Transient global amnesia

Transient global amnesia (TGA) is a clinical syndrome with no clear etiology identified. Most symptoms are transient and resolve within a few hours. 

Most common in patients of older age (50-70 years old).

Anterograde and partial retrograde amnesia lasting less than 24 hours without any other neurological or congestive symptoms. Most cases show complete resolution of symptoms within a few hours from onset of symptoms.

Several hypotheses (e.g. epileptic phenomena, stroke, focal ischemia) have been proposed with no consensus on the exact mechanism 1.

Brain CT scan and conventional sequences of MRI brain show no abnormalities.

Prospective and retrospective studies based on a small number of TGA patients can detect small punctate regions of abnormally restricted diffusion on DWI/ADC sequences in the CA1 area of the hippocampus (lateral edge of the hippocampal gyrus abutting the temporal horn). These lesions can be bilateral and even multifocal 2-4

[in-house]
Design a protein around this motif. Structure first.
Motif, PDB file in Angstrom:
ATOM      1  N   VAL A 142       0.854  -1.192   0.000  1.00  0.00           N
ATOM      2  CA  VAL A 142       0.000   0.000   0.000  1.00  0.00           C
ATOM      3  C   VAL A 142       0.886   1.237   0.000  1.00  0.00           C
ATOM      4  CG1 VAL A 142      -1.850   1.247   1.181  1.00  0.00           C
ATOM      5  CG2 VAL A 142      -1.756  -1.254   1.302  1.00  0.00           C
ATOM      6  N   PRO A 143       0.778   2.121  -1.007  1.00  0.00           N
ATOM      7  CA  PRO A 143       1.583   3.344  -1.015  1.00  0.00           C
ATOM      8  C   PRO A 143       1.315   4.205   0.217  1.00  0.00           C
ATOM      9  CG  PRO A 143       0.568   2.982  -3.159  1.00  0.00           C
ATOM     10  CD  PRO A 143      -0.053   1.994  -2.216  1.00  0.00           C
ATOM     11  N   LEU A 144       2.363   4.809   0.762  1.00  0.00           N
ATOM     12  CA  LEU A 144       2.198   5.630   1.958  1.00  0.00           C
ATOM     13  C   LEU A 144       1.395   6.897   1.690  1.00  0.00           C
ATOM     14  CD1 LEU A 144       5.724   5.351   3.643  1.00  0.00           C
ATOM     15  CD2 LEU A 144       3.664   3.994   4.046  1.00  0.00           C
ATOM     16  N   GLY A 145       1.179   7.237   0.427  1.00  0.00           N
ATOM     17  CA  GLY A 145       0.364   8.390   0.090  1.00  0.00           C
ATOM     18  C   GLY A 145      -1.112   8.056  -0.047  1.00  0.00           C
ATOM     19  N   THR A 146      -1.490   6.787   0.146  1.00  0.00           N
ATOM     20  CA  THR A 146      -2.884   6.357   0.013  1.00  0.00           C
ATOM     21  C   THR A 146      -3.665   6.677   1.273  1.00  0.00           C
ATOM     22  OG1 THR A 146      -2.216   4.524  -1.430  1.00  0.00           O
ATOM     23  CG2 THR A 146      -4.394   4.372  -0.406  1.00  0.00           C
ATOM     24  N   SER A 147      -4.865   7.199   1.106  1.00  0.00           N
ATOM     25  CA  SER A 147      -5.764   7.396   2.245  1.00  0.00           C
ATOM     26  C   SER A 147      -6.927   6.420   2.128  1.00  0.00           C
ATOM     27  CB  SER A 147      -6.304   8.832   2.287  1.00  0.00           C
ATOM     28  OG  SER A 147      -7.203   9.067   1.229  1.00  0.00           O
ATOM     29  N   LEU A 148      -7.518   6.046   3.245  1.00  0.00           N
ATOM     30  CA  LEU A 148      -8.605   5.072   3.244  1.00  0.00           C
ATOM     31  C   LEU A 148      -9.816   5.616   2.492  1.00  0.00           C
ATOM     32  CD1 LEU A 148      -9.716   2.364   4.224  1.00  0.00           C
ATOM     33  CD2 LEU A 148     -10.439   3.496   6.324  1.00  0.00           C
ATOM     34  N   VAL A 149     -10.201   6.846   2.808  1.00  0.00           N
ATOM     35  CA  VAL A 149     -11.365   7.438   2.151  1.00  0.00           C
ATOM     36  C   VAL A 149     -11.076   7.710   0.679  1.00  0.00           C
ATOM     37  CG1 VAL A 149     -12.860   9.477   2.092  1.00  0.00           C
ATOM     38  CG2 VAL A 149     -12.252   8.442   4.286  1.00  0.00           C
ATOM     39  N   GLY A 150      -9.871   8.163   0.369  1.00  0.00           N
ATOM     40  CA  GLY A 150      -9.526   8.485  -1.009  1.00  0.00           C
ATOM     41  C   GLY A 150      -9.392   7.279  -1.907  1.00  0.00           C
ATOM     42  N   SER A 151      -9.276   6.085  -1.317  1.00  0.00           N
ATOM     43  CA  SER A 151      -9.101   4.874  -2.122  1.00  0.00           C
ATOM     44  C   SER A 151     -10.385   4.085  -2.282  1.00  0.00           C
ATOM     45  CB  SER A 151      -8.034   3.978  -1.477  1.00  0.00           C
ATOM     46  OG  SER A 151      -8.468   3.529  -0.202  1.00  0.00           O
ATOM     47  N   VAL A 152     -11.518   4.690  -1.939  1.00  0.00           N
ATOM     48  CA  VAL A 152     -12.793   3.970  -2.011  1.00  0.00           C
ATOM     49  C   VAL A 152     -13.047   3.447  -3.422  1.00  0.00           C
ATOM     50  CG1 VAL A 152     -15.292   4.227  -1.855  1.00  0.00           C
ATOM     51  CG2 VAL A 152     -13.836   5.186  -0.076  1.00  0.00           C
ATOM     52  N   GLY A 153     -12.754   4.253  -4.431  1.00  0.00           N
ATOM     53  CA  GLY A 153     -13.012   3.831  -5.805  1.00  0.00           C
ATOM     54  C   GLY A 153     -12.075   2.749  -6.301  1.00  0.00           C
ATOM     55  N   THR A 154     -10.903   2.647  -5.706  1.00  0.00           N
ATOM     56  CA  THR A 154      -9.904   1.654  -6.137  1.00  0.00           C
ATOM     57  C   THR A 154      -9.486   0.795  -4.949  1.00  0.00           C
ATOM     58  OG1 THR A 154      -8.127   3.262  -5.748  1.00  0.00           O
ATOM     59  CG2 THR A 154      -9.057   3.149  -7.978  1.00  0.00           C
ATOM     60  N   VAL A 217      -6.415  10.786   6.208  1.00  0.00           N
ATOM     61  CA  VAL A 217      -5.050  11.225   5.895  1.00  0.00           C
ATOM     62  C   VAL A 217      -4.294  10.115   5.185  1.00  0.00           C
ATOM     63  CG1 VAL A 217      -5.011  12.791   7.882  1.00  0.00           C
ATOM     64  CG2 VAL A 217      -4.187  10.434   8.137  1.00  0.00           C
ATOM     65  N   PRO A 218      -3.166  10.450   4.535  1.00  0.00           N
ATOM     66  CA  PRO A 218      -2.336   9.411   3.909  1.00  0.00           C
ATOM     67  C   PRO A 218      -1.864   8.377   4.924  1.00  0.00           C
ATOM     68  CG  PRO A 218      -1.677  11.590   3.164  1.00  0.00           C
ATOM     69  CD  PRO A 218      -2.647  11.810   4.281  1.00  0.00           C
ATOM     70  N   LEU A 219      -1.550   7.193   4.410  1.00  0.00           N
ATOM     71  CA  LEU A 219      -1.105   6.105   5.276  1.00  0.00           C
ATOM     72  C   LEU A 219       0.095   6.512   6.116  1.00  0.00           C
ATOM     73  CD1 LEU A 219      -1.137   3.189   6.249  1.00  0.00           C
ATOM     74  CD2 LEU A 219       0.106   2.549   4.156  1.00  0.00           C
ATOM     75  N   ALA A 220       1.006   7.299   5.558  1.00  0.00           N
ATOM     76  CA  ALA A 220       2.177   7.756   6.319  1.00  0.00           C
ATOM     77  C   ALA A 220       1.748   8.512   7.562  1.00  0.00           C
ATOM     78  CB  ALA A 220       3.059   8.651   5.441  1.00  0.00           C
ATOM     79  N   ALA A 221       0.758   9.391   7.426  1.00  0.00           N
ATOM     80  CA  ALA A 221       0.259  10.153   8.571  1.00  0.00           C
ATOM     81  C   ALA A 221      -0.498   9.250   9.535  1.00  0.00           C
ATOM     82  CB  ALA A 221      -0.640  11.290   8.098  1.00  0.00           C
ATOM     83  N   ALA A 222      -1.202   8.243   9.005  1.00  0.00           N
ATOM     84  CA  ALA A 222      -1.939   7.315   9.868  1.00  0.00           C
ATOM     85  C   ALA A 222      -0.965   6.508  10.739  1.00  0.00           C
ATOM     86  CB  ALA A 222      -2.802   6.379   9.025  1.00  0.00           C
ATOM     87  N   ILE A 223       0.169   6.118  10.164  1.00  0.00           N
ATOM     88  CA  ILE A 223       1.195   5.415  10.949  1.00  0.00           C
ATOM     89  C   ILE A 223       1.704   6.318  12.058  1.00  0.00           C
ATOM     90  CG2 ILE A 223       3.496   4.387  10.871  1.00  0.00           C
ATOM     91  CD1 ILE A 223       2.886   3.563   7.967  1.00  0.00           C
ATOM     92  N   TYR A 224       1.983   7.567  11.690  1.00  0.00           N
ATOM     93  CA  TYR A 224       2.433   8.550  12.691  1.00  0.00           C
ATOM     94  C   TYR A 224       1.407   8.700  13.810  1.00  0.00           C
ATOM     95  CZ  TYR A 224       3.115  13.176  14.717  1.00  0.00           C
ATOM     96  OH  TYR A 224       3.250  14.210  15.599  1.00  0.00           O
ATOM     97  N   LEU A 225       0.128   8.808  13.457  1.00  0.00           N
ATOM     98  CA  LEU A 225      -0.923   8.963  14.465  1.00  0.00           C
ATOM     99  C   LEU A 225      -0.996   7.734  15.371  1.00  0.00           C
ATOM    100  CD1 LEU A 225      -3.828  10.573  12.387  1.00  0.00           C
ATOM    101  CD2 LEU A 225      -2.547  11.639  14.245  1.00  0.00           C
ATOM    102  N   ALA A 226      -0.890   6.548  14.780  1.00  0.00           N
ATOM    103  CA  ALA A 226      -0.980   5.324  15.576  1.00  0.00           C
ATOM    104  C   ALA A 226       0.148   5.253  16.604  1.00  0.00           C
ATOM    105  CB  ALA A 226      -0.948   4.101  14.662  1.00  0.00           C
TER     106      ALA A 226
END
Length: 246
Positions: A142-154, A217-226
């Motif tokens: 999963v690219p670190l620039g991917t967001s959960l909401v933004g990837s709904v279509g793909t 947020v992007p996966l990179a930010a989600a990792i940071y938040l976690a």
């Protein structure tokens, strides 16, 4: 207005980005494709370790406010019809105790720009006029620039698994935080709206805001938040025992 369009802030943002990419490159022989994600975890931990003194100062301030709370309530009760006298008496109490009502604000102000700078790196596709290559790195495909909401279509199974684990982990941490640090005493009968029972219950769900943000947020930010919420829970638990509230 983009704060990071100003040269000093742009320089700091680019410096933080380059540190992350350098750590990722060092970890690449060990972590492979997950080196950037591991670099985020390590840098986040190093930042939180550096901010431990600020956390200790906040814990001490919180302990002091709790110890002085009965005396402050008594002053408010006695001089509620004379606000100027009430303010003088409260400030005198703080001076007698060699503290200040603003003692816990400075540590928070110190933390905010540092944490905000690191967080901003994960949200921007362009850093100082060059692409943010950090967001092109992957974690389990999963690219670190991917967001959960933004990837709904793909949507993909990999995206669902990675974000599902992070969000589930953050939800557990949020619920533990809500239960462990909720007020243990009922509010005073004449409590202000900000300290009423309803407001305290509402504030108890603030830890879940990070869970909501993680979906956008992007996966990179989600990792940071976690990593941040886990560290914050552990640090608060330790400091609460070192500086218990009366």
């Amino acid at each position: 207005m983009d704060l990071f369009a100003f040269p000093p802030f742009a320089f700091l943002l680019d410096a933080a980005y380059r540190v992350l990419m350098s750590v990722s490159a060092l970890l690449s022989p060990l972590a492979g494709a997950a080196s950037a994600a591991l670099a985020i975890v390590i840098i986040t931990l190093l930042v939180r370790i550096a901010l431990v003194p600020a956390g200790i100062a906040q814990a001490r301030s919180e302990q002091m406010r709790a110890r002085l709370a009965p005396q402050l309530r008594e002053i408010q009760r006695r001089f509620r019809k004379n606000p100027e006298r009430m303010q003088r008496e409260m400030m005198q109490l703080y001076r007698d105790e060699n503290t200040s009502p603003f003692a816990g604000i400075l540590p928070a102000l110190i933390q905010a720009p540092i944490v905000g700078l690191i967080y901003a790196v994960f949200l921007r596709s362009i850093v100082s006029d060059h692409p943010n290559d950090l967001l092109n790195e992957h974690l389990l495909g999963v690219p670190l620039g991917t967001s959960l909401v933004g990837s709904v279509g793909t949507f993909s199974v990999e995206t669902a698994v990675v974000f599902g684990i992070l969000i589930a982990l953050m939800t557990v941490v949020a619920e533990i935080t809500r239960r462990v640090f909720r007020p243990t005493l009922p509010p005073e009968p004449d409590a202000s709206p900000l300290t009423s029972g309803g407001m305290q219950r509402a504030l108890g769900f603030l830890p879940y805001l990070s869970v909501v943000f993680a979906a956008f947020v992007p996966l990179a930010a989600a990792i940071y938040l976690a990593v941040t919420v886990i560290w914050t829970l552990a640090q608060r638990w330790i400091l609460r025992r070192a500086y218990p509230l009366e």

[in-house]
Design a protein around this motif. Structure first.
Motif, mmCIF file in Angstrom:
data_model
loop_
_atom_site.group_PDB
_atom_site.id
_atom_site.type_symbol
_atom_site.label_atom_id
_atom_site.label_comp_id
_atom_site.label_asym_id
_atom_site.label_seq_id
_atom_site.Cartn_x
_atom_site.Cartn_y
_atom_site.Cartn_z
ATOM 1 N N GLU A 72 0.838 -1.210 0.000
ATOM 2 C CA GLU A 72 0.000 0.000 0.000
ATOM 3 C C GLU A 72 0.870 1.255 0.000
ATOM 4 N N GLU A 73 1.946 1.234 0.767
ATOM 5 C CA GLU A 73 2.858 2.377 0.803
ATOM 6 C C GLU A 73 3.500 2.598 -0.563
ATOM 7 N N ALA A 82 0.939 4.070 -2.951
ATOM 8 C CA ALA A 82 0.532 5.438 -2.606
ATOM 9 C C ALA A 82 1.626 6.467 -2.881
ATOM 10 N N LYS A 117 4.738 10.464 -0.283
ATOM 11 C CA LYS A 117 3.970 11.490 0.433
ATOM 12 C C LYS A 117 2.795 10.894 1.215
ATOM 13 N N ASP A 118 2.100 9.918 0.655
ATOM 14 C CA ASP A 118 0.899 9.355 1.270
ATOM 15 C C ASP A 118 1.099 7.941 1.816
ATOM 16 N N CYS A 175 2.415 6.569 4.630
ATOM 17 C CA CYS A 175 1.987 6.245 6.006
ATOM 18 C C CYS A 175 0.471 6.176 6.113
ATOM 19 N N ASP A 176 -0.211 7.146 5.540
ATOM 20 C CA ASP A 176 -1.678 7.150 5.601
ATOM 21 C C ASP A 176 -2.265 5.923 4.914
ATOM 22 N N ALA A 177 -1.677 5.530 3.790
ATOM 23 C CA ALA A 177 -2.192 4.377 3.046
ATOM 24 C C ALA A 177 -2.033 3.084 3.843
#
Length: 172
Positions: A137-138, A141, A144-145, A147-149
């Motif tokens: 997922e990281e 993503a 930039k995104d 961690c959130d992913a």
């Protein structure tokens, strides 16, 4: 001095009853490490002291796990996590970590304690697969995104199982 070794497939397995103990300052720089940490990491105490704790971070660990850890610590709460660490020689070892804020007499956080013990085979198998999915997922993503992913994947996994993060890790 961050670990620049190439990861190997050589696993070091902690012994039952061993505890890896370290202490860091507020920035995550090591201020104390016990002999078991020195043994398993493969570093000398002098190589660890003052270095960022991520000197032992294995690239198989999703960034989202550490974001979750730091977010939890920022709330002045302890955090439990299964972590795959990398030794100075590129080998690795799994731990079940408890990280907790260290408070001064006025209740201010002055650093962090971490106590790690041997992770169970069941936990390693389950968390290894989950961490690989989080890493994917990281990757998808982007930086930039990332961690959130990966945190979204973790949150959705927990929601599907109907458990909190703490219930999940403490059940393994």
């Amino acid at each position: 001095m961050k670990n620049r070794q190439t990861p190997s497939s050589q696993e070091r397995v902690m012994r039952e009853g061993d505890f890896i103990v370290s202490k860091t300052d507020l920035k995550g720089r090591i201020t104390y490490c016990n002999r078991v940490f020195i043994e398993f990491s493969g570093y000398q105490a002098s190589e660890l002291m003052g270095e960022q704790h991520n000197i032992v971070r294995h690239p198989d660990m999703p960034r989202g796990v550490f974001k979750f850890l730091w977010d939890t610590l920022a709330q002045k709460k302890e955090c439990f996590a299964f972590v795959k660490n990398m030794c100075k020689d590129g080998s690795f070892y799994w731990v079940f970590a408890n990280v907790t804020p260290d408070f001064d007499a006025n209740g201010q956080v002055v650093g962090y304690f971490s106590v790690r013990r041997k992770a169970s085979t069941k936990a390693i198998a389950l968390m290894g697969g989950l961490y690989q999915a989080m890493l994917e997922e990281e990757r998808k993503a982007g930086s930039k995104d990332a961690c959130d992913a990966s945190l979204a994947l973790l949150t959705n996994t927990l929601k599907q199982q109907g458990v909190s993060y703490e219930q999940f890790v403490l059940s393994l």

No treatment is required and the condition tends to not recur 5.

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Article information

rID: 19071
Synonyms or Alternate Spellings:
  • Transient global amnesia (TGA)

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Cases and figures

  • Case 1
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  • Case 2
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  • Case 3
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  • Case 4
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  • Case 5: bilateral
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